The Hüskers were blessed with two extraordinary songwriters—Mould and drummer/vocalist Grant Hart. Both gay but not “out” in a conventional sense, the pair started out as friends, became healthy competitors whose creative one-upsmanship led to a superabundance of quality songs, and ended up as bitter, passive-aggressive foes. Many musicians have compared being in a band to a marriage, with all of the institution’s ups and downs, but few bands mirrored the arc of an ultimately unsuccessful marriage more than Hüsker Dü, with Mould as the stern, authoritarian father, Hart as the eccentric, unstable mother, and Norton as the quiet, relatively normal kid caught in between (never mind the handlebar moustache). The music press and the band members themselves (particularly Hart) have periodically fueled the post-divorce acrimony ever since the band’s 1988 dissolution, so much so that gossip and speculation about the members’ feelings for one another have tended to overshadow their musical legacy. (Whether it’s true or not, my favorite of these barbs came from Hart, quoted in a 2005 oral history of the Minneapolis scene in Magnet magazine: “Bob can stink up a room without saying a word. The guy has an intimidation factor that’s exponentially greater than anyone I’ve ever met in my life. He can loathe you through a wall.”) Andrew Earles, author of a 2010 book about the Hüskers, is so self-conscious about not perpetuating this toxic dynamic that he spends most of his introduction bending over backwards to warn potential readers that his volume is not that kind of book.

Longtime fans might have hoped that Mould’s memoir, See a Little Light: The Trail of Rage and Melody, written with Our Band Could Be Your Life author Michael Azerrad, would be at least partly that kind of book, however one-sided. And it is, in places, though most of the salacious details are from his post-Hüsker, openly gay life. Presently in a much happier place than he was for most of his career, Mould seems to have decided to be relatively fair and high-minded about Hart, even if at times his graciousness feels forced. One can almost hear the gritted teeth as Mould writes “clearly one of Grant’s best songs” for the umpteenth time whenever he can’t avoid mentioning a prominent Hart tune from the Hüsker years. And though it’s been vehemently denied over the years by both parties, Mould feels compelled to make clear yet again on page 29 that he and Hart “could be friends, but would never be in love, nor would we have sex.” (The theories about their “relationship” are annoying but understandable: Imagine what Beatles fans would have concocted had Lennon and McCartney been gay.) As a whole, the memoir resembles Mould’s song lyrics: sometimes profound, sometimes ham-handed, rarely subtle; equal parts self-confidence and self-laceration; in a phrase, controlled catharsis. (Ever conscious of what people think about him, Mould riffs on how the word “catharsis” has dogged him throughout his career: “What am I supposed to do with it? When do I get to be happy? Maybe somebody will adapt this book for Broadway: CATHARSIS! starring Bob Mould. The hit play with no ending.”)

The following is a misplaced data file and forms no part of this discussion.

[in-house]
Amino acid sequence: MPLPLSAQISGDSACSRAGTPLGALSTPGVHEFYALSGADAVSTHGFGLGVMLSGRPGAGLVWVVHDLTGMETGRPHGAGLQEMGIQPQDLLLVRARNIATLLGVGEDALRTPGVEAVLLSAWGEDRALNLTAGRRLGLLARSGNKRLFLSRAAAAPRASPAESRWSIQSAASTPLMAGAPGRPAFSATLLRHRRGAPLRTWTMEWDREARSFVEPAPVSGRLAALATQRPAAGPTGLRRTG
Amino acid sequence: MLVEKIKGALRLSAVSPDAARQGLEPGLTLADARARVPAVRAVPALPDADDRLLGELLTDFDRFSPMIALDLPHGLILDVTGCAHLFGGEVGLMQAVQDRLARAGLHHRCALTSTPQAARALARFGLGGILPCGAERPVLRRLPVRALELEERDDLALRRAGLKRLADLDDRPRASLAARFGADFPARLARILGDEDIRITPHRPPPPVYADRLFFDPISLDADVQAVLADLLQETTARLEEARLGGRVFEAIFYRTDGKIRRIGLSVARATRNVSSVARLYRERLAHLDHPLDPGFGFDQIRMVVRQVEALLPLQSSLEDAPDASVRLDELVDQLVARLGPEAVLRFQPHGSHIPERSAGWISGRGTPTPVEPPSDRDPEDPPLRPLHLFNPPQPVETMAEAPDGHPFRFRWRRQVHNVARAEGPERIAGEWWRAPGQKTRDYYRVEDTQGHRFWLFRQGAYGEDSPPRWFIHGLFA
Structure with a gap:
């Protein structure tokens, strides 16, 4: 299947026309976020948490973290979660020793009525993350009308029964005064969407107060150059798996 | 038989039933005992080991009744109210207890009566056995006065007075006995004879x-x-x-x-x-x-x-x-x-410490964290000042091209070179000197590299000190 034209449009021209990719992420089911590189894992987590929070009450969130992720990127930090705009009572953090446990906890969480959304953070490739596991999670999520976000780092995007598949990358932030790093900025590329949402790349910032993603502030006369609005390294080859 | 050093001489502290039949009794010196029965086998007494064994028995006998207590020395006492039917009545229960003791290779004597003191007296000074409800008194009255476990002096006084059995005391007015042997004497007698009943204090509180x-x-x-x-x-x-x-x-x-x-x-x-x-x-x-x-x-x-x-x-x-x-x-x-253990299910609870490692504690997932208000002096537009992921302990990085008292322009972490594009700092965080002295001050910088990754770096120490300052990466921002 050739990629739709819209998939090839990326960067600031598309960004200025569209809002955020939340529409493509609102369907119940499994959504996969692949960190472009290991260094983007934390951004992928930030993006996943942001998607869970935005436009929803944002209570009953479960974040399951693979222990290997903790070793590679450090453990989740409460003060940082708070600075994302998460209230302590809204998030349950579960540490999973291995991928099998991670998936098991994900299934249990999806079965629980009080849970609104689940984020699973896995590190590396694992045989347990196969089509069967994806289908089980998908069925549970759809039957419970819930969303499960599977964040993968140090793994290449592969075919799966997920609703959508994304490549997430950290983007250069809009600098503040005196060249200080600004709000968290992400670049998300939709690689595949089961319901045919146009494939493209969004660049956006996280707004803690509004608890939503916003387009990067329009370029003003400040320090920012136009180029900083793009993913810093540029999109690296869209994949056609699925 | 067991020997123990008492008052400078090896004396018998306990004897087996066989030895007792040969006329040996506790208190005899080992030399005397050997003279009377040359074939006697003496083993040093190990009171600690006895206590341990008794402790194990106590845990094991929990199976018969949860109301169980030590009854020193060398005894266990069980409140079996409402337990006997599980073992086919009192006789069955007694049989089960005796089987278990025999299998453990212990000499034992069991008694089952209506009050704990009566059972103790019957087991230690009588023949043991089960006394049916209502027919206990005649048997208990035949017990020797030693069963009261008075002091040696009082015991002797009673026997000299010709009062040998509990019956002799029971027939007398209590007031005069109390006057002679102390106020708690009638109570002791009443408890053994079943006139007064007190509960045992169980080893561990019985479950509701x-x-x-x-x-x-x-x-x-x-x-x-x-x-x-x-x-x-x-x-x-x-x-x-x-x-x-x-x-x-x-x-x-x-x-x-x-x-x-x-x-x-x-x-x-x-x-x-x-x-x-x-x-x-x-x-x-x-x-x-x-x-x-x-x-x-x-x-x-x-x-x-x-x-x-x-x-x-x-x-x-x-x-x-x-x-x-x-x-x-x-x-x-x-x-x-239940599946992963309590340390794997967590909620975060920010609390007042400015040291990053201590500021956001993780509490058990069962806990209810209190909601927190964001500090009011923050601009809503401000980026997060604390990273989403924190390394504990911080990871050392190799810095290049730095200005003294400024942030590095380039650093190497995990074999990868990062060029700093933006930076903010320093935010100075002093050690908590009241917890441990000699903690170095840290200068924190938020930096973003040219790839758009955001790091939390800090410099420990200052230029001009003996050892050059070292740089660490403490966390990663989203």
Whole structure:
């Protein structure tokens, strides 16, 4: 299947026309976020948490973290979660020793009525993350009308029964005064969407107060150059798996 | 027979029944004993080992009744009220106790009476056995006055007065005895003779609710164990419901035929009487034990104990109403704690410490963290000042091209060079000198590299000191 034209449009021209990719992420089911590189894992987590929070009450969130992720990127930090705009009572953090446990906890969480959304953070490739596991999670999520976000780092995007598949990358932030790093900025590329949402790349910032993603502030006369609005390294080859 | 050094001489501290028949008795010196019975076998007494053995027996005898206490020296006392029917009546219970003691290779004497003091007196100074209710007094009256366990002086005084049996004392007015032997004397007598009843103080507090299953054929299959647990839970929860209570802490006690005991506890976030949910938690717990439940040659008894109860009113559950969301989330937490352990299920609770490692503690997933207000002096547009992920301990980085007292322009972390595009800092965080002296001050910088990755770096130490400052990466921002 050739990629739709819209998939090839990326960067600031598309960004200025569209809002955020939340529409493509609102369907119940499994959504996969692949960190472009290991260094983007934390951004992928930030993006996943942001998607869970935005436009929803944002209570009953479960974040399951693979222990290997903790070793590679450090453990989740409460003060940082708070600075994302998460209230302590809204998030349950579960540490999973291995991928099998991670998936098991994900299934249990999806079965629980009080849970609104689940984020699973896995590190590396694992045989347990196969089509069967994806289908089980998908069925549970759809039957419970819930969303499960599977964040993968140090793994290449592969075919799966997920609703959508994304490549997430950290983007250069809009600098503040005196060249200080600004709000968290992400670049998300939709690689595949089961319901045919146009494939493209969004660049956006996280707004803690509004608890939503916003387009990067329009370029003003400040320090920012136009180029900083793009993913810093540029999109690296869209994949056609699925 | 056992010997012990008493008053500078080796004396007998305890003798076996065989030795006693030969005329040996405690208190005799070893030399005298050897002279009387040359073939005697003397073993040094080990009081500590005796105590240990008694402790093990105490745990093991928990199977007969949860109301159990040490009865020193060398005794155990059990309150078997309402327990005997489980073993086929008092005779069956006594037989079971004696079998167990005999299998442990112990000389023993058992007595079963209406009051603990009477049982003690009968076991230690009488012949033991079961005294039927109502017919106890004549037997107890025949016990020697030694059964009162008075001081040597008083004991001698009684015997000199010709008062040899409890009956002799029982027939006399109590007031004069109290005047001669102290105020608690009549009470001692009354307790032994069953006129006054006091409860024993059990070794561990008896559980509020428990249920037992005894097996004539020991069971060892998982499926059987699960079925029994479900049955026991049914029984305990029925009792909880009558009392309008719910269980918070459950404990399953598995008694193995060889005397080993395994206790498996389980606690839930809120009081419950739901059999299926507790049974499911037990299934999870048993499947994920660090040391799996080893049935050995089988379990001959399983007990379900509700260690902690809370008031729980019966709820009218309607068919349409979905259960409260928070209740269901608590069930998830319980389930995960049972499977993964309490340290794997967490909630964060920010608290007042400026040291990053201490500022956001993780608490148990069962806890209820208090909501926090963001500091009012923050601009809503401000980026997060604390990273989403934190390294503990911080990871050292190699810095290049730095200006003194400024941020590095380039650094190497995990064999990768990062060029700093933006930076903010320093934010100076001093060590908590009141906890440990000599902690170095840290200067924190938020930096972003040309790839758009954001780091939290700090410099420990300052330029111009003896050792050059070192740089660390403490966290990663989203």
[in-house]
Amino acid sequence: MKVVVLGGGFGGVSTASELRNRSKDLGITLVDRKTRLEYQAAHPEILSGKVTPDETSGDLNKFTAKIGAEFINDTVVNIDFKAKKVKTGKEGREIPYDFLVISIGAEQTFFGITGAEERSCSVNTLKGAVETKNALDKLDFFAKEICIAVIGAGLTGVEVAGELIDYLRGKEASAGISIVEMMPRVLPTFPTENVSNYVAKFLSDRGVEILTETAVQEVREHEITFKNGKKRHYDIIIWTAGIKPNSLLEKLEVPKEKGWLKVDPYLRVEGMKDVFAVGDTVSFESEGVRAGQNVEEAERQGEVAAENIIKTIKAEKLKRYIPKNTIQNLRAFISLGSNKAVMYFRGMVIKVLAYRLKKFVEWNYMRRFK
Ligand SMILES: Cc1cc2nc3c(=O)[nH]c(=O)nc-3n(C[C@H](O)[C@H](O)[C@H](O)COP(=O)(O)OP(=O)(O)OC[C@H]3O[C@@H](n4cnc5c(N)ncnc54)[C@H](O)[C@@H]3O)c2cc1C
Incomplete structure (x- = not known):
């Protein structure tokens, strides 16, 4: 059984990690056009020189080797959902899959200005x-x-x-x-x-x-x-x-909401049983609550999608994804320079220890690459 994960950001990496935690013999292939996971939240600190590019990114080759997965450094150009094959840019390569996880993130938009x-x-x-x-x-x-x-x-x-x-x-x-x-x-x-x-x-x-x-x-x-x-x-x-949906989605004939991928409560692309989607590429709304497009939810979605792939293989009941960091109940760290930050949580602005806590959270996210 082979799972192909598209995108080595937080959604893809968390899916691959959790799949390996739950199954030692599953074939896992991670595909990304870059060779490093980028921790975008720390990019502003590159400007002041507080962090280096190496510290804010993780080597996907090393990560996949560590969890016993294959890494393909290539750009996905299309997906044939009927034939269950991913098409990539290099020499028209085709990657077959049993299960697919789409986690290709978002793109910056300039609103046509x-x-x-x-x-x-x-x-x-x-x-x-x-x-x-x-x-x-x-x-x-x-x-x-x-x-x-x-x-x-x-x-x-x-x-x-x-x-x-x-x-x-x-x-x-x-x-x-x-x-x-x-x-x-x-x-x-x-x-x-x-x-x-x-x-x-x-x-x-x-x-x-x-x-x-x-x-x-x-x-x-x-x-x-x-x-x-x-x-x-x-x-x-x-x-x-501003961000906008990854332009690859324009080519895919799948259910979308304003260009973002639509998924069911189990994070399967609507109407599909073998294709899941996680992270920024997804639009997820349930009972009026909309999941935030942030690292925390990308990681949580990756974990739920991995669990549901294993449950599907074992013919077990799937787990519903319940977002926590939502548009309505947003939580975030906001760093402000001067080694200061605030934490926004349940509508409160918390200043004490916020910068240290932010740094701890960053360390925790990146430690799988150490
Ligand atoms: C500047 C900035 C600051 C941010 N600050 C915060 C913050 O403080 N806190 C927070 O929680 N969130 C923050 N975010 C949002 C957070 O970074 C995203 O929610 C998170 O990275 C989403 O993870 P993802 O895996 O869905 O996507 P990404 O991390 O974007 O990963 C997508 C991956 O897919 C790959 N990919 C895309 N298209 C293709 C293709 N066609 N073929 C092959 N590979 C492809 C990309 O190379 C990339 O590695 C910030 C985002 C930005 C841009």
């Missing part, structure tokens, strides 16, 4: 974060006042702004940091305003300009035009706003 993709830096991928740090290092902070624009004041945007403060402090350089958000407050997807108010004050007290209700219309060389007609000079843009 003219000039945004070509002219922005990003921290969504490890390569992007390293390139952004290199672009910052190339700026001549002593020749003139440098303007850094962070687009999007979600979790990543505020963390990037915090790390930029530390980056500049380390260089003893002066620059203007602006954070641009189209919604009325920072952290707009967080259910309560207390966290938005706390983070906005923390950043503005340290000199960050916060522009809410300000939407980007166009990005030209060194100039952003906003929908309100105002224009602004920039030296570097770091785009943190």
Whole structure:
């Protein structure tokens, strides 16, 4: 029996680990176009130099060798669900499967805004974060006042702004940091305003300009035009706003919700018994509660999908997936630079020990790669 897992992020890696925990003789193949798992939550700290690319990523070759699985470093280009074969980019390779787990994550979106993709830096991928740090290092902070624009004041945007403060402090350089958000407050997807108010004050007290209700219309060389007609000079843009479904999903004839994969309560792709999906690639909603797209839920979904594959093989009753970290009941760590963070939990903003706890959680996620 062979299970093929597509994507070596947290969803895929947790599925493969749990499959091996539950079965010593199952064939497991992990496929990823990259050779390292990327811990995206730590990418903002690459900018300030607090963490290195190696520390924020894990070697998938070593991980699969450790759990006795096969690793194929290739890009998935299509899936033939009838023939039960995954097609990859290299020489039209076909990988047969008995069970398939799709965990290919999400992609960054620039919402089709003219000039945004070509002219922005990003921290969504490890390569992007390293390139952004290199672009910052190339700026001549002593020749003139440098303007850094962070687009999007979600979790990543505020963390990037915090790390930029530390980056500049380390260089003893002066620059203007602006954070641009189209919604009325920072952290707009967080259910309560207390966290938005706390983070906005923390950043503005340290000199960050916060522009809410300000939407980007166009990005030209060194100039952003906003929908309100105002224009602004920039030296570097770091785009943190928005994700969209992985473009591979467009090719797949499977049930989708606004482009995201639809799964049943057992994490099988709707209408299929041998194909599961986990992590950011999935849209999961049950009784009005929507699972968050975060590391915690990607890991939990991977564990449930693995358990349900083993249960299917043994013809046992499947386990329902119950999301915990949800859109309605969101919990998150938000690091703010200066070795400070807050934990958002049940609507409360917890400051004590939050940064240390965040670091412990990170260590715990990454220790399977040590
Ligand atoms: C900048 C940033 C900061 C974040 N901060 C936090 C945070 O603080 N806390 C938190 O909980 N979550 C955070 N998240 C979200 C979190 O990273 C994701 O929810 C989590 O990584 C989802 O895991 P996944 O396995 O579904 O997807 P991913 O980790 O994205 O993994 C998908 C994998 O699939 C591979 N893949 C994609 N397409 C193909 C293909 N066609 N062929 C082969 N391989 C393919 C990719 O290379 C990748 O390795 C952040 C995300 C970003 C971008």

Born in 1960 in Malone, New York, a remote upstate burg near the Canadian border, Mould was raised in a dysfunctional working-class home. His father was alcoholic, paranoid, abusive; his mother classically codependent. In the book, Mould reveals that through regression therapy later in life, he realized that he had been sexually abused as a small child by a babysitter, his parents reluctantly confirming this with him on the phone. Growing up, he studied the ’60s pop 45s his dad would buy for him in bulk from a jukebox distributor. Then he heard the Ramones and Johnny Thunders and thought music was something he could actually do in life. A bright, mathematically inclined kid, he won a scholarship to Macalester College in St. Paul, Minnesota, where he met Hart at a record store where the latter was working. Hart knew Norton, and the three quickly became simpatico and started playing together, founding Hüsker Dü after ousting an inappropriate keyboardist. Mould describes his time with the band as an “eight-year ground war”—not, as you might expect, between the band members, but against Reaganite America, early MTV, ’80s culture generally, and the disposable, substance-free music that stemmed from all of the above.